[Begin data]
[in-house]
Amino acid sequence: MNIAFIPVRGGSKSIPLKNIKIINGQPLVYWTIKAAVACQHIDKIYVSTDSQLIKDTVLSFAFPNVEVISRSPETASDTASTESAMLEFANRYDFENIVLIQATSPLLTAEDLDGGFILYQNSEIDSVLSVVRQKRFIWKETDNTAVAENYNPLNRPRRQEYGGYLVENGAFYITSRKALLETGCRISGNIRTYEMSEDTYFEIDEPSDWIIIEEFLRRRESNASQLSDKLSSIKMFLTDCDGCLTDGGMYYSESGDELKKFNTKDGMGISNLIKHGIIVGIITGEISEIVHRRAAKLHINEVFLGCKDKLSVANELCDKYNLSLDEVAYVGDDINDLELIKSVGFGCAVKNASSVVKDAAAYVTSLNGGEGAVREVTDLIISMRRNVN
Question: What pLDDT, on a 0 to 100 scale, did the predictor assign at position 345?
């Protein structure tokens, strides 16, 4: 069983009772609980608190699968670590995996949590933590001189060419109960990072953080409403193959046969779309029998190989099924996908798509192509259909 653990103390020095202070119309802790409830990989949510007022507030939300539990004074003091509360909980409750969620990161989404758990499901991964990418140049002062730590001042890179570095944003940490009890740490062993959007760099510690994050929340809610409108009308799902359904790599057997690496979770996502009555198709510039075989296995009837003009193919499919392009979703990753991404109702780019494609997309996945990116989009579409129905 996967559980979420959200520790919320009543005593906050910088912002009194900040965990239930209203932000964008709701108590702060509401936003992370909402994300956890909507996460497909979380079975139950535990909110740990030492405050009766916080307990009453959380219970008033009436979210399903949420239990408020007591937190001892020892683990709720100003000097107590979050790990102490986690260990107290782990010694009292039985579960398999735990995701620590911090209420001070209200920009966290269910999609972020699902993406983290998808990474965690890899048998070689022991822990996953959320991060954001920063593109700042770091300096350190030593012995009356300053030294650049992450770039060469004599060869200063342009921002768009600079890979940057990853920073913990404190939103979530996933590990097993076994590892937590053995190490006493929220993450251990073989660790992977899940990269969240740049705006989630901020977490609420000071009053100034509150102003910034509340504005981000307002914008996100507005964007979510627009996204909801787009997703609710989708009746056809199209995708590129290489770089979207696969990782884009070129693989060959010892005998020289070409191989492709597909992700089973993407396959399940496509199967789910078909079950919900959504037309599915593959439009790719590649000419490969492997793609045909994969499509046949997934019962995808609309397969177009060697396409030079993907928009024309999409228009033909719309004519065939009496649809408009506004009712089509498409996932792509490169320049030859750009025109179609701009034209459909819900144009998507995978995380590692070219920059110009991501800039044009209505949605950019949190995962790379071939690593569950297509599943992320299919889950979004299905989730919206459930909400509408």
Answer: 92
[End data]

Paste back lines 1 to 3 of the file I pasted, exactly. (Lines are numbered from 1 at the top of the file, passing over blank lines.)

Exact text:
[in-house]
Amino acid sequence: MNIAFIPVRGGSKSIPLKNIKIINGQPLVYWTIKAAVACQHIDKIYVSTDSQLIKDTVLSFAFPNVEVISRSPETASDTASTESAMLEFANRYDFENIVLIQATSPLLTAEDLDGGFILYQNSEIDSVLSVVRQKRFIWKETDNTAVAENYNPLNRPRRQEYGGYLVENGAFYITSRKALLETGCRISGNIRTYEMSEDTYFEIDEPSDWIIIEEFLRRRESNASQLSDKLSSIKMFLTDCDGCLTDGGMYYSESGDELKKFNTKDGMGISNLIKHGIIVGIITGEISEIVHRRAAKLHINEVFLGCKDKLSVANELCDKYNLSLDEVAYVGDDINDLELIKSVGFGCAVKNASSVVKDAAAYVTSLNGGEGAVREVTDLIISMRRNVN
Question: What pLDDT, on a 0 to 100 scale, did the predictor assign at position 345?